Annual Variation of Corn Root System Distribution Within Kalamazoo Loam Soil Profiles.

Rasse, D.P., A.J.M. Smucker, and J.T. Ritchie

Presented at the All Scientist Meeting (1998-07-21 to 1998-07-22 )

Distribution of corn root systems throughout Kalamazoo loam soils were recorded by minirhizotron technology at the Agroecosystem Interactions (AI) site from 1986 to 1997. Forty five degree-angle minirhizotrons were installed under corn in 1986, 87, 88, 90, 91, 92, 93, 96, and 97. Horizontal minirhizotrons were installed in four large monolith lysimeters at the AI site in 1990 and recorded for every subsequent growing season. This very large data set is currently being analyzed for growing season variability and tillage effects. Early results suggest that for most growing seasons no-tillage induced greater corn root populations (Fig. 1). Nevertheless, tillage effects differed among growing seasons. For some growing seasons, such as 1986, conventional tillage induced significantly greater root populations than no-tillage for some soil layers (Fig. 1).This project is aimed at determining the environmental factors that control root proliferation at given depths in response to tillage management. Corn water stress and soil water content per horizon is being modeled for the12 year-period at KBS with CERES-Maize (Fig. 2). In addition, modifications of soil water content by tillage managements are being simulated using the SALUS model, as explained in part III of this abstract. Possible interactions between simulated soil water content and root numbers for given sets of soil depth, growing season and tillage management will be analyzed.Return to Contents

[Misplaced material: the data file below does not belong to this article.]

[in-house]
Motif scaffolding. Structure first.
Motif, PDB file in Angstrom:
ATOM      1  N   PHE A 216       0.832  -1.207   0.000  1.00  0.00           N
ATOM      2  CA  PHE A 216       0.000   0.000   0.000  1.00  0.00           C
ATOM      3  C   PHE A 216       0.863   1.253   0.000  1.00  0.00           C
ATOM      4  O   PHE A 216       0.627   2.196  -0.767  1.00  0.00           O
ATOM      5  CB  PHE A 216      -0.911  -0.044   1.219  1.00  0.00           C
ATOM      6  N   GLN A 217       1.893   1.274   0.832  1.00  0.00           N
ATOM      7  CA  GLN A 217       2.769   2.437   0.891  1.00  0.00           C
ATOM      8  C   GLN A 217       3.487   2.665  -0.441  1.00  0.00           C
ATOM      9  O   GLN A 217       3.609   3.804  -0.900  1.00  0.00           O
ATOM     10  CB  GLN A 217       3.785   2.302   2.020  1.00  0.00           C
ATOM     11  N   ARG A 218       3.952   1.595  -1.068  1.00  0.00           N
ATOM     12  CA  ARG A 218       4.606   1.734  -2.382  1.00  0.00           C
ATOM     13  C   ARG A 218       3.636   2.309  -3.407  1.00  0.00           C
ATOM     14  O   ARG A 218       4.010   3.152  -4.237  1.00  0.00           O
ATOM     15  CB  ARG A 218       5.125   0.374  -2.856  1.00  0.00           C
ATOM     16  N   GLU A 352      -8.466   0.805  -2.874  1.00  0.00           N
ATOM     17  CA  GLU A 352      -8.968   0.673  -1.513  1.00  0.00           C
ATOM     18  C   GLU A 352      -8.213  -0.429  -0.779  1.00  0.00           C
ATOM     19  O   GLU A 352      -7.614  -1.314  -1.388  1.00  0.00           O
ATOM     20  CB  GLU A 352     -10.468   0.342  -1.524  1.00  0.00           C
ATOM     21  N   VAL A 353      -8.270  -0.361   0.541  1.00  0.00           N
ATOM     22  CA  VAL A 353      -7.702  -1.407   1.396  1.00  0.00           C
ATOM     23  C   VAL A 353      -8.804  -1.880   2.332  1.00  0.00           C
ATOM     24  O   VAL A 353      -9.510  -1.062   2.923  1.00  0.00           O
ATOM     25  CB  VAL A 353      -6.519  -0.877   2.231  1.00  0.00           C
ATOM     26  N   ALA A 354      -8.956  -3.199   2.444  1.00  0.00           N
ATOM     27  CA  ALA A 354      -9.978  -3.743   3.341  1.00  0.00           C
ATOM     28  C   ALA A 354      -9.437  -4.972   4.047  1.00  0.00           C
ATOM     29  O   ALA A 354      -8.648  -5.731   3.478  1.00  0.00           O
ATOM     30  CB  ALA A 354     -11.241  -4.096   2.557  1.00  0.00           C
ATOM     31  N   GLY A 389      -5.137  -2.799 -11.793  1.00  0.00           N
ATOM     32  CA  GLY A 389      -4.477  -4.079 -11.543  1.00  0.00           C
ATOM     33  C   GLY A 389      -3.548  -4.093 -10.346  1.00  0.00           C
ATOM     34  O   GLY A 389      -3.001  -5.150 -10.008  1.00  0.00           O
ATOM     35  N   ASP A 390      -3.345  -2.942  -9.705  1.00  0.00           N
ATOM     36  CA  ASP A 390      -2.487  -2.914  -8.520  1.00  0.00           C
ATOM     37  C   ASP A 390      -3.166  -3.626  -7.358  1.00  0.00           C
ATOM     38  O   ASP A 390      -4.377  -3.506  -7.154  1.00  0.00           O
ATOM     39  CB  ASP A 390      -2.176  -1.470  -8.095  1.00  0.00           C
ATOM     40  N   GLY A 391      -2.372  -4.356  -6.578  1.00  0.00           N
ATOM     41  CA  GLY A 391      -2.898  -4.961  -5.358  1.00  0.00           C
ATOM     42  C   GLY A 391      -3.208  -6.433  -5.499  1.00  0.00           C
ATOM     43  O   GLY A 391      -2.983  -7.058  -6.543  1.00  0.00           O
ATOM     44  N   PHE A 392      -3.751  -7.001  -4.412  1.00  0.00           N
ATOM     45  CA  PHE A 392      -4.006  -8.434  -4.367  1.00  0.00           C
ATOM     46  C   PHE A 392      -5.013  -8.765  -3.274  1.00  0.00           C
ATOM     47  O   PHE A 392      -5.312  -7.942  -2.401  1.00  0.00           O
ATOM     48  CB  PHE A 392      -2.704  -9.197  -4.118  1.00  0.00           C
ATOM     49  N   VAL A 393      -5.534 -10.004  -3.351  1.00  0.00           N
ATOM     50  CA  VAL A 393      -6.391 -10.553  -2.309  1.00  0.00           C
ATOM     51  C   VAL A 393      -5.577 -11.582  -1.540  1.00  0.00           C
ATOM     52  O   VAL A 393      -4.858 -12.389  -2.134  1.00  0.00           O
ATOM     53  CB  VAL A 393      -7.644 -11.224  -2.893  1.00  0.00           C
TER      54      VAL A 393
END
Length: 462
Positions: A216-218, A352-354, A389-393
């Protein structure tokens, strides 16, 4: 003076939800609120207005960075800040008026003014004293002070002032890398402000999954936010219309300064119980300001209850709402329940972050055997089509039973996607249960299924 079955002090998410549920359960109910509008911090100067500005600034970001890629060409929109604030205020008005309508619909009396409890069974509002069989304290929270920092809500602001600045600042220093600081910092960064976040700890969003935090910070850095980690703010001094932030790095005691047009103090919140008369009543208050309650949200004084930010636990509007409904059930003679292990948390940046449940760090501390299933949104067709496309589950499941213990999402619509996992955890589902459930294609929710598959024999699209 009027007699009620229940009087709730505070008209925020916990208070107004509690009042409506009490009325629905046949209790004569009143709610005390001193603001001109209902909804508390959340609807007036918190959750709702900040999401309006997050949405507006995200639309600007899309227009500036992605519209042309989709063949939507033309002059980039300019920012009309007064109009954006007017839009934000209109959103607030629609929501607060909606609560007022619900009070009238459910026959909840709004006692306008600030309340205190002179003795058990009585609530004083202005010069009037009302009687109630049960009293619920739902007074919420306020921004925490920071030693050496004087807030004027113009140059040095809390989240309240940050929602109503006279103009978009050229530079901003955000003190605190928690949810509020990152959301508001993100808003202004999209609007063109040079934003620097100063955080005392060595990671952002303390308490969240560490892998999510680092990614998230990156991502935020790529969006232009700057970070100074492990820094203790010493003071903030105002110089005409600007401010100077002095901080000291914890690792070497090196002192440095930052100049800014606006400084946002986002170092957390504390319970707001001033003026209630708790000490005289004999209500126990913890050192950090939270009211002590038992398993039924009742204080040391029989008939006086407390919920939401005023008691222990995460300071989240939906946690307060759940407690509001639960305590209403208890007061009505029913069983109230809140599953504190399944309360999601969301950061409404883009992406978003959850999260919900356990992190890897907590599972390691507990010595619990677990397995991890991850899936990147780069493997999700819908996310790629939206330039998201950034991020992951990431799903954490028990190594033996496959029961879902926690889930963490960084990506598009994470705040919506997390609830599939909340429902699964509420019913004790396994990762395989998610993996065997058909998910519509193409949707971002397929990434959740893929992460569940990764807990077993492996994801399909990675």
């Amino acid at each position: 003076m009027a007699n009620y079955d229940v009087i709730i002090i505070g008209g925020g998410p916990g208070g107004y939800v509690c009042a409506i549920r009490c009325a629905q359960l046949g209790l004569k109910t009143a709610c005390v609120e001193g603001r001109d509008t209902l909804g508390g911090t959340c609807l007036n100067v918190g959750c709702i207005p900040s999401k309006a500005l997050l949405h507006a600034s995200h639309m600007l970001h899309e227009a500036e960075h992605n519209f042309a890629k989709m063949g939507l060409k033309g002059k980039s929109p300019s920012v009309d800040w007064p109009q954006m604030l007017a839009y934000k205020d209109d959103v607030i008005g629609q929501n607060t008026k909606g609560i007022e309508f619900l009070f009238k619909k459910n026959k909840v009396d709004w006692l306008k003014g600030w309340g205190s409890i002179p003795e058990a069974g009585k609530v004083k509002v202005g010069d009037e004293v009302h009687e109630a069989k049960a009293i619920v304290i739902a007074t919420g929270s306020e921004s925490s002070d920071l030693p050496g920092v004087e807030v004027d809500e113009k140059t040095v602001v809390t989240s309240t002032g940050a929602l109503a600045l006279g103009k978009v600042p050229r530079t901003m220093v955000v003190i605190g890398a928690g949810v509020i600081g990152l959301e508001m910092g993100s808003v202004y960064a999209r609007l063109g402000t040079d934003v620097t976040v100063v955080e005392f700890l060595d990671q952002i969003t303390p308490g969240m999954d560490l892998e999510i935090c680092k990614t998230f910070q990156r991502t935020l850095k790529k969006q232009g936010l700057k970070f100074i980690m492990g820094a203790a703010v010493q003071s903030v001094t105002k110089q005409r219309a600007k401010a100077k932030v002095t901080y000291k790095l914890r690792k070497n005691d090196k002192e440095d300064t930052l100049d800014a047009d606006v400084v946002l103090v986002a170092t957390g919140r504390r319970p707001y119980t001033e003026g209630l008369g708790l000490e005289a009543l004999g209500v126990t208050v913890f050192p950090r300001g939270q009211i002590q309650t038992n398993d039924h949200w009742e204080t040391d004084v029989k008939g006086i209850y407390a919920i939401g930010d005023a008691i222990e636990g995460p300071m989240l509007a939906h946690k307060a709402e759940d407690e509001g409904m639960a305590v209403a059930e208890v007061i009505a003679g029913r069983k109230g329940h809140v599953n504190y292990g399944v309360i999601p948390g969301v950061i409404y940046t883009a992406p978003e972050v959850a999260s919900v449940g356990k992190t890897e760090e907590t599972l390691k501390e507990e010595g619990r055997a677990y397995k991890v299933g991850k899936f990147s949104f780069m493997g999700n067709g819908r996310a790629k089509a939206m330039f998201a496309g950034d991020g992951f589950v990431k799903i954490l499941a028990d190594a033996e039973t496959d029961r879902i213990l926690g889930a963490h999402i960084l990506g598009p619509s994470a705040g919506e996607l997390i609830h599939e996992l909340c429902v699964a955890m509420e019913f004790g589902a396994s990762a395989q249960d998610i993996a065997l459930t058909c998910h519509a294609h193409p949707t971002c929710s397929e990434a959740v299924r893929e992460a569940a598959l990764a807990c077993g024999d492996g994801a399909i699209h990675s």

Back to meeting | Show |
Sign In